It was 7.45pm. We were driving back from a hurling match 25 minutes’ drive from our house. I’d left the house just after 7 that morning, had worked 8-4 then left work, called to the house to collect my five-year-old’s football gear and the sandwiches (that my husband had made the night before) and drink bottles (that I’d forgotten to put in to the lunch bags for the kids) and collected them from the childminder’s then drove the four of us to the match.
I stood on the sideline freezing, despite it being August, while my excited boy jumped around, his first match, his first time wearing the club jersey. I cheered as he scored goals, and encouraged him to “block hard” and “chase after it” feeding his sister rice cakes and chatting to other parents at the same time.
On the drive back to our town we chatted. We talked about matches, and songs and why we everyone who has swings in their garden is very lucky. Then there was a few seconds silence and my older son asked “Mam, whose job is most important, yours or Dad’s?” As I prepped my politically correct answer he added “Actually I think it’s Dad’s isn’t it?”.
Time froze. I felt a million emotions. A pang. A stab. Here I was a working mother, taking one day off a week to give me work-life balance and my kids some time and it was being used to measure the importance of my work. It felt like it was held against me, not by my employer, not by my colleagues but by my son. He didn’t know of course that that’s how I felt, it was an innocent question and a logical (to him) conclusion.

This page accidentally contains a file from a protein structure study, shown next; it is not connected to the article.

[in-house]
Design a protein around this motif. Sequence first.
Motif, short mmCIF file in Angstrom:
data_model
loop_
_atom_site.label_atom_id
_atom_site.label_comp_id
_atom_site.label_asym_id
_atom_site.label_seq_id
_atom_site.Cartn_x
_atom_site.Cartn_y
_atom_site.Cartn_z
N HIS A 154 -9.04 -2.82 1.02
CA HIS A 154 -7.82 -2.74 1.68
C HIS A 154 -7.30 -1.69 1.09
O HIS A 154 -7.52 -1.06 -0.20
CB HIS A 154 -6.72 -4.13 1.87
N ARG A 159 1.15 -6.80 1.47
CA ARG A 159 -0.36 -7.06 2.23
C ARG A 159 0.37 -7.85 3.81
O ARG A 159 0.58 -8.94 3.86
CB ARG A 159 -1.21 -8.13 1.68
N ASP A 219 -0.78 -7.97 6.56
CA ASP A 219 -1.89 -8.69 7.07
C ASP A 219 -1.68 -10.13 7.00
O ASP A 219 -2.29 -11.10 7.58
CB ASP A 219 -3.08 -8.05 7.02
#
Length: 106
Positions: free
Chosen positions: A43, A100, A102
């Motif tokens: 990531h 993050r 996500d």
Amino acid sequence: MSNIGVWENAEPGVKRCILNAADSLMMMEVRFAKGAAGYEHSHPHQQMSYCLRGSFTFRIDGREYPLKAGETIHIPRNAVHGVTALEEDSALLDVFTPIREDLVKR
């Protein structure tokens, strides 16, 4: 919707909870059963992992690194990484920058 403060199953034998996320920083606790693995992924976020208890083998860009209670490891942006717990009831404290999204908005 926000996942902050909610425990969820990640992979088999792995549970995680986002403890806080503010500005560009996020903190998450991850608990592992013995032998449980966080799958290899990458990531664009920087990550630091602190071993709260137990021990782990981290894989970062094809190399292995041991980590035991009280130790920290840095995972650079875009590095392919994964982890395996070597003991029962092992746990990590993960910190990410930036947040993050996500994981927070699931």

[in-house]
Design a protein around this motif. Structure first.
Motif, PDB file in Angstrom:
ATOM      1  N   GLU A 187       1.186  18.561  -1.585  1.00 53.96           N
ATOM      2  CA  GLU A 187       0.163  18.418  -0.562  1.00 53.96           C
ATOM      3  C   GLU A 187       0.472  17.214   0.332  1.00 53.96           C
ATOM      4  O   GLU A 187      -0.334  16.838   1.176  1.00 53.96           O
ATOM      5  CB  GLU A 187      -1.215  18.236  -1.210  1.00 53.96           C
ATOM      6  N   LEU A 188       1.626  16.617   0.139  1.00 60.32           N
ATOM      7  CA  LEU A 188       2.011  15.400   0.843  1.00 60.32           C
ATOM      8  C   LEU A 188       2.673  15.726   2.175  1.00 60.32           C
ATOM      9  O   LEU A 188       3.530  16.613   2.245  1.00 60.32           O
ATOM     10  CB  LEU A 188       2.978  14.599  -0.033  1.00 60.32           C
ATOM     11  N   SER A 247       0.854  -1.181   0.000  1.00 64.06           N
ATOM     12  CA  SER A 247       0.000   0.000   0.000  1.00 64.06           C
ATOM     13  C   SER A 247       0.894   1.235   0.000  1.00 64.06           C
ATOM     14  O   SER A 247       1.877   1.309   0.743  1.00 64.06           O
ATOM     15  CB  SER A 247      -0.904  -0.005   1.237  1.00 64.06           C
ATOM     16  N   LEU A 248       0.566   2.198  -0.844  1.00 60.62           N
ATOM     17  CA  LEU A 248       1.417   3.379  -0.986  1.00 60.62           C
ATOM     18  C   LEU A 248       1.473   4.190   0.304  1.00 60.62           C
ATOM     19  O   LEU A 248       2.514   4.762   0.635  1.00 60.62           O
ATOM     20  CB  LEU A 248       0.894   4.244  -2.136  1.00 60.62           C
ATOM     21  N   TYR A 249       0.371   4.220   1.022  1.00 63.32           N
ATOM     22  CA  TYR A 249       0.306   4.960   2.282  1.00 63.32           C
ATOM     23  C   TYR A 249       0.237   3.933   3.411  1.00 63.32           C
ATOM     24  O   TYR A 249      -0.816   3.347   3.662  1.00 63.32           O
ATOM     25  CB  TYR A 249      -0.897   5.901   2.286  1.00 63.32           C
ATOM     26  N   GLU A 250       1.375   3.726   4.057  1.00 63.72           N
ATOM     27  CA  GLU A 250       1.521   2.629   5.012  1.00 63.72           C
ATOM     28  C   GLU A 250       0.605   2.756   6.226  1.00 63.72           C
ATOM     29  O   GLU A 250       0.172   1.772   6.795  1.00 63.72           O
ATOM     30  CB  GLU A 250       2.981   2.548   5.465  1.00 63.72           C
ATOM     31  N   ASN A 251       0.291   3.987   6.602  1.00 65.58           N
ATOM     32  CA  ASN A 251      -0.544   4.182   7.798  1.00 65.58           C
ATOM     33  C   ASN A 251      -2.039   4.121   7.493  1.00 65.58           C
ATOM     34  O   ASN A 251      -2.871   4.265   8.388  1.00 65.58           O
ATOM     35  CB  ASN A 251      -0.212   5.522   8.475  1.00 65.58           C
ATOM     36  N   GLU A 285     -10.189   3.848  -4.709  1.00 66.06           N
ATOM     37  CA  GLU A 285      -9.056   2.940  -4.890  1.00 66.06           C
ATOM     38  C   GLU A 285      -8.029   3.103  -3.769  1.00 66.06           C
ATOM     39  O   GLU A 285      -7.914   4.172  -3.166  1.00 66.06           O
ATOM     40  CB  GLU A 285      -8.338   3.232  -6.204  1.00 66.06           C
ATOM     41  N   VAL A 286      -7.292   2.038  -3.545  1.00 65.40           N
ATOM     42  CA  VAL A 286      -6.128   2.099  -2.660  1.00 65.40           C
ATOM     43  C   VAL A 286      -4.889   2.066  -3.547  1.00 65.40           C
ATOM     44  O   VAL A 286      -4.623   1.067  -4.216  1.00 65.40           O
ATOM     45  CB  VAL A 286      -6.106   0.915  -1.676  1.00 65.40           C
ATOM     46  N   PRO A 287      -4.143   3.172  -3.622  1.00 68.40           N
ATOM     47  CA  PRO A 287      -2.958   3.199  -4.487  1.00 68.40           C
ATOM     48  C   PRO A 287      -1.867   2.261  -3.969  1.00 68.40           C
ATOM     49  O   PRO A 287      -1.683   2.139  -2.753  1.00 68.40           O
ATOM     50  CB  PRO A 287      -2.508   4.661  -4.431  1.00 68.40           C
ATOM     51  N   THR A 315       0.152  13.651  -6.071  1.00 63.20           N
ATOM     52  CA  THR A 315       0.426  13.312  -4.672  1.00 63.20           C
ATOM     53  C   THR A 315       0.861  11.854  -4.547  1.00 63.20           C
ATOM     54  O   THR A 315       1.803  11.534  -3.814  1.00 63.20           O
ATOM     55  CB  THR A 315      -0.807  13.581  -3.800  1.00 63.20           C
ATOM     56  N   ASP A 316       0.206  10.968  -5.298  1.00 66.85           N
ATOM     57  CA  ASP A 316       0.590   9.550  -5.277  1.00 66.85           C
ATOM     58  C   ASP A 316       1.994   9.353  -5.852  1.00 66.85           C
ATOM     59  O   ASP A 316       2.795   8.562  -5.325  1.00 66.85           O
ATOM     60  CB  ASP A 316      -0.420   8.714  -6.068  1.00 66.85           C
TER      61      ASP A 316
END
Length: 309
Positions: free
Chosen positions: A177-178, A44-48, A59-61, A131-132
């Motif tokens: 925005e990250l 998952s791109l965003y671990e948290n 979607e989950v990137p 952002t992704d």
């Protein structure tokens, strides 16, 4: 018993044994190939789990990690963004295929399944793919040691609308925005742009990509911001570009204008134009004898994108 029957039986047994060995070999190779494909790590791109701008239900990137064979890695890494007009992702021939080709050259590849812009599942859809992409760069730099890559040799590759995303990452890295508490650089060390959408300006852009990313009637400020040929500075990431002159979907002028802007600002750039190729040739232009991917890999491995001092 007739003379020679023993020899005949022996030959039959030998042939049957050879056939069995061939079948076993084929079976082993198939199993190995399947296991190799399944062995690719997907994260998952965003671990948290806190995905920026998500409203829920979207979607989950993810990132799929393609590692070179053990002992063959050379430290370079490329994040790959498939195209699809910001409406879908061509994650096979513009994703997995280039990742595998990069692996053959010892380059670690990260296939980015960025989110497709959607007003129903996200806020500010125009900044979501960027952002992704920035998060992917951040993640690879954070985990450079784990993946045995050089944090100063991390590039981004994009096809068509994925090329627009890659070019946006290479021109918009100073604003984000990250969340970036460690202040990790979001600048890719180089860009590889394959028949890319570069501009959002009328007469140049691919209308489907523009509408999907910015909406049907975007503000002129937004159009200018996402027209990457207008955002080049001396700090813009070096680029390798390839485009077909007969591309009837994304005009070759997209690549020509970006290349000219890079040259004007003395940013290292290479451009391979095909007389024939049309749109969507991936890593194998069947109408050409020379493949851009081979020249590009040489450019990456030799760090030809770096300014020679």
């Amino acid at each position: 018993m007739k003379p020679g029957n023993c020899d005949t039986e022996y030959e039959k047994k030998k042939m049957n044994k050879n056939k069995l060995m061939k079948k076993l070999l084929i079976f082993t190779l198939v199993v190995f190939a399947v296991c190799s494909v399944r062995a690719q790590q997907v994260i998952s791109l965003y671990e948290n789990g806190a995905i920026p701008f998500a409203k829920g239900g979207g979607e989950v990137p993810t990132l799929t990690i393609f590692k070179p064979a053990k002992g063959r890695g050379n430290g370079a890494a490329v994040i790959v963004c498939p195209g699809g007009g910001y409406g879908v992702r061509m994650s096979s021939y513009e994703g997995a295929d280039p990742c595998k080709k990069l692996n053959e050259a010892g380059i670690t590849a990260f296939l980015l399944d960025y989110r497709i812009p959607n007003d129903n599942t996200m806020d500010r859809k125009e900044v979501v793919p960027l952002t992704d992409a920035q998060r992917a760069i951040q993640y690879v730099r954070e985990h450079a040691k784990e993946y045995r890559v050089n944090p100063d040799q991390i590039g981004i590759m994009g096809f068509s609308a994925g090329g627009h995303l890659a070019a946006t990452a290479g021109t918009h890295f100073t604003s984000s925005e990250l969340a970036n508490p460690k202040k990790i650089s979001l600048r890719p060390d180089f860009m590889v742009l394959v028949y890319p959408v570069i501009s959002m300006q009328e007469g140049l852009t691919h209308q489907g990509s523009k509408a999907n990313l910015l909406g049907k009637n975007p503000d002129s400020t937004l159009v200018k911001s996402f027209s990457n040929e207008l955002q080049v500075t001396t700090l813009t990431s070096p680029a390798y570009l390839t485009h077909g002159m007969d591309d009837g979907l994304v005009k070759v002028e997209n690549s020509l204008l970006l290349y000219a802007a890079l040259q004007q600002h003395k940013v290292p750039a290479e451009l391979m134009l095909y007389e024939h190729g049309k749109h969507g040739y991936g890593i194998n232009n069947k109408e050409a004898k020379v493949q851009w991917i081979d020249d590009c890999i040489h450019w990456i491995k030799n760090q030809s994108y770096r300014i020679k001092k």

I tried not to get defensive and asked him why he thought that. “Well Dad has to go to work more than you do, you get more days off”. *STAB*
He thinks that my job is less important because I take time off to do my really properly important job. I want to cry. I wondered why I did it.
Was I devaluing my job to society because I took a day off every week to spend with my kids? If so, what was the point of it all?
How could I give a good example to my children, to encourage them to have careers if the memo about flexible working hadn’t reached them? If they thought that really, Mam’s job wasn’t that important, or was certainly less important than Dad’s.
He needed an answer. I gathered my thoughts and told him that I have a job that only needs me for the amount of time that I do it, but that Daddy’s job takes longer sometimes to do, I said that both jobs are very important and that his dad and I both spent a lot of time studying and working hard to get our jobs.
I don’t know if he bought it but the conversation moved on, in the car anyway. My internal conversation kept going for hours. It’s down to me. I need validation. It’s not that I need people to think I’m important, but I guess I want to feel valued.
What does important even mean? What’s an important job? Why did I care that he thought that his dad’s job was more important than mine?
Of course now I realise that what I should have said. Why does that always happen?
I should have said that the most important job is the one with the least pay, but the most reward. The one that keeps me up all night and on the go all day, 24/7, but the one that I’ll happily talk about all day long. The one where there’s no salary, no reviews, but oh so many benefits. The one that is on my mind all the time, the one that makes a difference. He’d probably have smiled a bit as he realised what it was, then told me that that wasn’t really a job, just my life, and could he have something to eat please. That’s what’s the most important.